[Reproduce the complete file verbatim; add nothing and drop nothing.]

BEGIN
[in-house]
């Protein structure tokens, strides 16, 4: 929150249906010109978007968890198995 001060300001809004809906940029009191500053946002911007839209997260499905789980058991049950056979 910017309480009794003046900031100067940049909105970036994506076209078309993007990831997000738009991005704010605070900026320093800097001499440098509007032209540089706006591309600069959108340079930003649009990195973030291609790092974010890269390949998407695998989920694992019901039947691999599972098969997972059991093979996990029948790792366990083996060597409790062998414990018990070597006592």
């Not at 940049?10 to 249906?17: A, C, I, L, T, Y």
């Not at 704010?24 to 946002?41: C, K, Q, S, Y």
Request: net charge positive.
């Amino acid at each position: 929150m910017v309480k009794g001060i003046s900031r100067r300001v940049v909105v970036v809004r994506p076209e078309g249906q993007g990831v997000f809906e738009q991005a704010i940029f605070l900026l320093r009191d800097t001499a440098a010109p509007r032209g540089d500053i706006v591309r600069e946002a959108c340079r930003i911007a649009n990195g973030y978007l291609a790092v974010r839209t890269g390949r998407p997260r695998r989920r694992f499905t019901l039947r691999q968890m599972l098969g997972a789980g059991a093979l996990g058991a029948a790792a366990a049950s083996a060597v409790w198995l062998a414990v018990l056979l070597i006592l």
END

[in-house]
């Protein structure tokens, strides 16, 4: 929150249906010109978007968890198995 001060300001809004809906940029009191500053946002911007839209997260499905789980058991049950056979 910017309480009794003046900031100067940049909105970036994506076209078309993007990831997000738009991005704010605070900026320093800097001499440098509007032209540089706006591309600069959108340079930003649009990195973030291609790092974010890269390949998407695998989920694992019901039947691999599972098969997972059991093979996990029948790792366990083996060597409790062998414990018990070597006592």
């Not at 940049?10 to 249906?17: A, C, I, L, T, Y």
């Not at 704010?24 to 946002?41: C, K, Q, S, Y």
Request: net charge positive.
């Amino acid at each position: 929150m910017v309480k009794g001060i003046s900031r100067r300001v940049v909105v970036v809004r994506p076209e078309g249906q993007g990831v997000f809906e738009q991005a704010i940029f605070l900026l320093r009191d800097t001499a440098a010109p509007r032209g540089d500053i706006v591309r600069e946002a959108c340079r930003i911007a649009n990195g973030y978007l291609a790092v974010r839209t890269g390949r998407p997260r695998r989920r694992f499905t019901l039947r691999q968890m599972l098969g997972a789980g059991a093979l996990g058991a029948a790792a366990a049950s083996a060597v409790w198995l062998a414990v018990l056979l070597i006592l």